2. Barley

Surprisingly, barley does a lot more than just help brew beer!

Barley is a nutritional powerhouse that is readily available and should be given a lot more credit than it's given, especially considering it was one of the world’s first cultivated grains.

Barley, like oats, contains beta-glucan fibre that helps slow down your body’s absorption of glucose to keep your blood sugar levels more stable and give you sustained energy throughout the day.

Barley also contains selenium, which is an antioxidant that your body absolutely needs to function properly.

It also plays a role in your thyroid function and metabolism, while protecting the body from damage caused by oxidative stress. Barley also helps support a healthy heart and lower cholesterol thanks to its combination of fibre, potassium, folate, and Vitamin B6.

The most common way to use barley is in soups and stews because it maintains its taste and texture well, despite the heat, but barley also works well in summer and winter salads.

Ways to Prepare Barley:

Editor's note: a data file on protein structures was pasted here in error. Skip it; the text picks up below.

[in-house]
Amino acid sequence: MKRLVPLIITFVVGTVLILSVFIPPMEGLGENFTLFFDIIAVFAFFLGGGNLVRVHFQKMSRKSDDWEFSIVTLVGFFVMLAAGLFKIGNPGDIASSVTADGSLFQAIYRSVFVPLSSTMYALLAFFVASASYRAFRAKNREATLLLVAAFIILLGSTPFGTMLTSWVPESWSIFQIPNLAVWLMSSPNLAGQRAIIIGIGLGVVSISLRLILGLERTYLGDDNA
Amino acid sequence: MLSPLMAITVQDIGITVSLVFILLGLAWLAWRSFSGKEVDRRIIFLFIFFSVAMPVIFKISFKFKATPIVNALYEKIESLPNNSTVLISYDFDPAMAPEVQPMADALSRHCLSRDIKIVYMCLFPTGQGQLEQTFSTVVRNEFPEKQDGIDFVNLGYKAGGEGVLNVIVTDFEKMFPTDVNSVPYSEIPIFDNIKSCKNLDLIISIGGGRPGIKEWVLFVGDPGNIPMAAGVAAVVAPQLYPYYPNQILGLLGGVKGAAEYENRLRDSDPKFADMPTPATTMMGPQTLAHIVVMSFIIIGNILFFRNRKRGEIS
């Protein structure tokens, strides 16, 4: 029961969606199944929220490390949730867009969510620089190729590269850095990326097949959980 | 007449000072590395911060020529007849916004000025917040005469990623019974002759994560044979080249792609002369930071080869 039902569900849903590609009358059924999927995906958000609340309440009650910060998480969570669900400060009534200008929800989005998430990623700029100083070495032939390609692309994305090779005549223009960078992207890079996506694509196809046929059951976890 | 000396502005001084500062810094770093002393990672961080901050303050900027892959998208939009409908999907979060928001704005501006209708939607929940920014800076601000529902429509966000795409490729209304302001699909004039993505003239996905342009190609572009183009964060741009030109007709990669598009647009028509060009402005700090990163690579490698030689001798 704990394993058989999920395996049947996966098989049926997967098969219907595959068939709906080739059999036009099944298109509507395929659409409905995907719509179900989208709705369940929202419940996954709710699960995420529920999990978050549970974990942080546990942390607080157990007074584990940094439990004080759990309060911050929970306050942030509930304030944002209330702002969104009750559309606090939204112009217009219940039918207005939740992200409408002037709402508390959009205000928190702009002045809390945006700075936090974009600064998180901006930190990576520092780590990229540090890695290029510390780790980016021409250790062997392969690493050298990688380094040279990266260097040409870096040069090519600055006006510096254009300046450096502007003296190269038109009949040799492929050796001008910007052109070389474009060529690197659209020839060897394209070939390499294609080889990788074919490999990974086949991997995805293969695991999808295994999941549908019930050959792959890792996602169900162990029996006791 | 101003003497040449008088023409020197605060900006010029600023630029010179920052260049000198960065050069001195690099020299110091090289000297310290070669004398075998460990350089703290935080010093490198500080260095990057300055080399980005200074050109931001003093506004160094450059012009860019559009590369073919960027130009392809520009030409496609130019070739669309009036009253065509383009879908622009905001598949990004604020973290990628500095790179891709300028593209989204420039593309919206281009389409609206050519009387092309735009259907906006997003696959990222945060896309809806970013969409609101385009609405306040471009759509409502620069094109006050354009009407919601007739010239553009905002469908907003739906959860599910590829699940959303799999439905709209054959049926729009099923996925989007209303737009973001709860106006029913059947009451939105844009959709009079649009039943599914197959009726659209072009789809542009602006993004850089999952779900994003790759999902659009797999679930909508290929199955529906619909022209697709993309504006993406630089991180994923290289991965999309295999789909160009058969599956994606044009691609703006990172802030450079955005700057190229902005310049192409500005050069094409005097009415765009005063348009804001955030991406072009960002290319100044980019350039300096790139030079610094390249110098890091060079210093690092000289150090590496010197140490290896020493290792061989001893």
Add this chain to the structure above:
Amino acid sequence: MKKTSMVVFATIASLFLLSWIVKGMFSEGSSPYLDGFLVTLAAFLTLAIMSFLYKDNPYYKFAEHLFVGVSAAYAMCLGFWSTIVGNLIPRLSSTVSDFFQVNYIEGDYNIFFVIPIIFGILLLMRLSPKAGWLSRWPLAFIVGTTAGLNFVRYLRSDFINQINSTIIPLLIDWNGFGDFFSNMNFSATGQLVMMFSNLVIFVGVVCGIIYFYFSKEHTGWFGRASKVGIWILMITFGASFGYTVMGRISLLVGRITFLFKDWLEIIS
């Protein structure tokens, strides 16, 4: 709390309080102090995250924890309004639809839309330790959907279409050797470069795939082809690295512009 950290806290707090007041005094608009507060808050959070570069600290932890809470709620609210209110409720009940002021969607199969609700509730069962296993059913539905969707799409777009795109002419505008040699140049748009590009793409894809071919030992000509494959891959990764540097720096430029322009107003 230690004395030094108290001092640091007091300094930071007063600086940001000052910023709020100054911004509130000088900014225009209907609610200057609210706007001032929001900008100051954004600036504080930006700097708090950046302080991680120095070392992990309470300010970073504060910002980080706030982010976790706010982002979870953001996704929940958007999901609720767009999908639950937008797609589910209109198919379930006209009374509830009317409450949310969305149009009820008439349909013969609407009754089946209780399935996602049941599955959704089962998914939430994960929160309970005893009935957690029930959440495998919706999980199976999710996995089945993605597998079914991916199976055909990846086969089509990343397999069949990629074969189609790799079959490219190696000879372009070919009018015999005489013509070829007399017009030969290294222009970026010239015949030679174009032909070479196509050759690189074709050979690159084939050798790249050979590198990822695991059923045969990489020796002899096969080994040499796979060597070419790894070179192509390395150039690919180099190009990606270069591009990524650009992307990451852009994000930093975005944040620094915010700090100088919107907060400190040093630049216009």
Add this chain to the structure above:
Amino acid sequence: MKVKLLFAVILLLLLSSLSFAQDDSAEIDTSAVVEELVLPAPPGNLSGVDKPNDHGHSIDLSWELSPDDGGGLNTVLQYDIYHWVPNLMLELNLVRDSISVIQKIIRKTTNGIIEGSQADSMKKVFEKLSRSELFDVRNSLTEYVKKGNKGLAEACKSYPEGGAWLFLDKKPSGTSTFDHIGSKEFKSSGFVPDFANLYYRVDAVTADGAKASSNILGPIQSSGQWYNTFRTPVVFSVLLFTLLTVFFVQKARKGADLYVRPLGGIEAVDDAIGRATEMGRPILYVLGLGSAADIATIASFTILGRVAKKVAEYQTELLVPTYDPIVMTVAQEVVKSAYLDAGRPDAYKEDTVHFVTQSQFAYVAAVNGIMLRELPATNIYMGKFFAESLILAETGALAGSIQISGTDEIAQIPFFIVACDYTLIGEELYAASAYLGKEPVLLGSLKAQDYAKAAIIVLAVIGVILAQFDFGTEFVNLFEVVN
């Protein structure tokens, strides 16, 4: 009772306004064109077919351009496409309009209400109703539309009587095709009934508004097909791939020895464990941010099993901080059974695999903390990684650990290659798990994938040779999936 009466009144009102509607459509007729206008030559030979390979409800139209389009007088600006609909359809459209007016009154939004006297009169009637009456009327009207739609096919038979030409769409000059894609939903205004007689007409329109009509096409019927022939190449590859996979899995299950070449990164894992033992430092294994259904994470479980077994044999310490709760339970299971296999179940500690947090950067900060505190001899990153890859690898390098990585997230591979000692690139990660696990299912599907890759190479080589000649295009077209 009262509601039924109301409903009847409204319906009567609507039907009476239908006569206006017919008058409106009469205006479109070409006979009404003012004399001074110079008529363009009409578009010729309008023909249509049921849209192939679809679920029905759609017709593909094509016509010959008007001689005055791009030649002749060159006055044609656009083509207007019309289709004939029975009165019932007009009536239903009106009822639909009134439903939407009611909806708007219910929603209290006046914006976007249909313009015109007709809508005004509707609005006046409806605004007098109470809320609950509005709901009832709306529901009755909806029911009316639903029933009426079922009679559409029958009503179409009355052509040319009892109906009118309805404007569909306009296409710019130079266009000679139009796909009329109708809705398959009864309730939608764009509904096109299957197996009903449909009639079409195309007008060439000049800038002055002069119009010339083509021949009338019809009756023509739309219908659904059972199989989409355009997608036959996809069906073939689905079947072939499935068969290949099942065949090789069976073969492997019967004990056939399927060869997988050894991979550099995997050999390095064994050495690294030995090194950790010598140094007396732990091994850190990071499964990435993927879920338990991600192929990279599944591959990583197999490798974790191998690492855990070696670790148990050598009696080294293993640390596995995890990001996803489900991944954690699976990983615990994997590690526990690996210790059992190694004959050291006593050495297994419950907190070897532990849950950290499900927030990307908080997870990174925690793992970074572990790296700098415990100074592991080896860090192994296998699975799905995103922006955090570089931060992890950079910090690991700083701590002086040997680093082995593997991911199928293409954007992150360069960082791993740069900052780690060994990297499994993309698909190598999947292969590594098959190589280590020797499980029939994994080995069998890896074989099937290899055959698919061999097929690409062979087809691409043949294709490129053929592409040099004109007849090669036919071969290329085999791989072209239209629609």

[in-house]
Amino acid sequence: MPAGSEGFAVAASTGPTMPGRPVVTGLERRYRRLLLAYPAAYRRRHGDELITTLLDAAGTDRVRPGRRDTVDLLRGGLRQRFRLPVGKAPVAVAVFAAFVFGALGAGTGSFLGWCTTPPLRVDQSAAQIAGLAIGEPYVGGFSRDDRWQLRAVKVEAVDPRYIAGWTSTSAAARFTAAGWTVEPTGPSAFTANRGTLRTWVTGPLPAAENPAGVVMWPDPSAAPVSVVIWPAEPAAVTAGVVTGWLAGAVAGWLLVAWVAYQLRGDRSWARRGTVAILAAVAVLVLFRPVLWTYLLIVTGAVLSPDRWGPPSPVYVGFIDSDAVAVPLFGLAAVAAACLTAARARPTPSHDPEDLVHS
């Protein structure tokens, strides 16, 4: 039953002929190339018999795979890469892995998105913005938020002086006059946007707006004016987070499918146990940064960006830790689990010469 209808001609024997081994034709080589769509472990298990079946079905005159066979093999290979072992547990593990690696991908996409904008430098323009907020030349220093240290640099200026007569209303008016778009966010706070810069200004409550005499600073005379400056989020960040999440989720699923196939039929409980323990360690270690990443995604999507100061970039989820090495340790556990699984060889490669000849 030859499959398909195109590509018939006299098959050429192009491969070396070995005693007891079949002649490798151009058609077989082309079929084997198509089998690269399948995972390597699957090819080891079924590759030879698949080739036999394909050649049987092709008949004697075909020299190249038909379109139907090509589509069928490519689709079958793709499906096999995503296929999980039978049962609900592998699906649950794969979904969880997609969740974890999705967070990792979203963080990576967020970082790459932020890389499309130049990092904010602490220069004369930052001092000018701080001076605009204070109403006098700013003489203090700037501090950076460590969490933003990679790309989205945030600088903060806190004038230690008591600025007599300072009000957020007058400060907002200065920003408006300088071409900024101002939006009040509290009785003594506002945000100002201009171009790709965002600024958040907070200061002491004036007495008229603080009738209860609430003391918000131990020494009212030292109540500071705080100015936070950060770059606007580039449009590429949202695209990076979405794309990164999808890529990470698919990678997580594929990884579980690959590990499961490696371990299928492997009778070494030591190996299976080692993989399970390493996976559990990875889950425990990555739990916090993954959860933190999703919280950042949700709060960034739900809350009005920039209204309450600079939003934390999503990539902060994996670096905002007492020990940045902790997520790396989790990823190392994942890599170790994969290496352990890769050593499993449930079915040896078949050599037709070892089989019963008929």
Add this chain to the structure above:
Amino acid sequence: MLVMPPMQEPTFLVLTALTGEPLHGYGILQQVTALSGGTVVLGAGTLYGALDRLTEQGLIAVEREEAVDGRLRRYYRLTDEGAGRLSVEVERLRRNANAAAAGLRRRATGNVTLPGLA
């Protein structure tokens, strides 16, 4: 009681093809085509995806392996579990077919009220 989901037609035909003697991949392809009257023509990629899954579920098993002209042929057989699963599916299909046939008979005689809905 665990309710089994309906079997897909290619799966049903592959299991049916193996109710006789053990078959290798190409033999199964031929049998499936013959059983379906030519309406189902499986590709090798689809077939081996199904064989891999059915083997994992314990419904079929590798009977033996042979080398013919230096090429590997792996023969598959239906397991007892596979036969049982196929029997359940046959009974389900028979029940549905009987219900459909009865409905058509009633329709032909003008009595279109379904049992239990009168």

• Gives heartiness to soups and stews
  • Delightful in salads (as a substitute for pasta) with fresh herbs, olive oil, lemon juice etc
  • Rolled into plant-based burgers
  • Processed into a pilaf and used as a base for curries

3. Quinoa

Quinoa might be hard to pronounce (for the record, it’s KEEN-wah), but it definitely isn’t hard to eat.

Quinoa is a grain crop that’s grown for its seeds, which is the part that we eat, and it’s prepared and eaten like a grain.

In recent years quinoa has become incredibly popular thanks to its “superfood” status and gluten-free designation.

There are three types of quinoa (red, white and black) and just one cup has twice the fibre content of most grains, while maintaining a low glycemic index. It’s also high in protein and fibre, and comes with every essential amino acid, making it a staple in most plant-based diets.

One of the best parts of quinoa is how easy it is to prepare and incorporate into your diet, giving your meals a healthy boost in minutes.

Quinoa is mostly used as a healthy rice substitute, but there are many other delicious ways to use it thanks to its super-light, fluffy texture.

Ways to Prepare Quinoa:

  • Add light texture to salads
  • Stuff bell peppers or eggplant with a quinoa blend and roast them
  • Use it as “fried rice”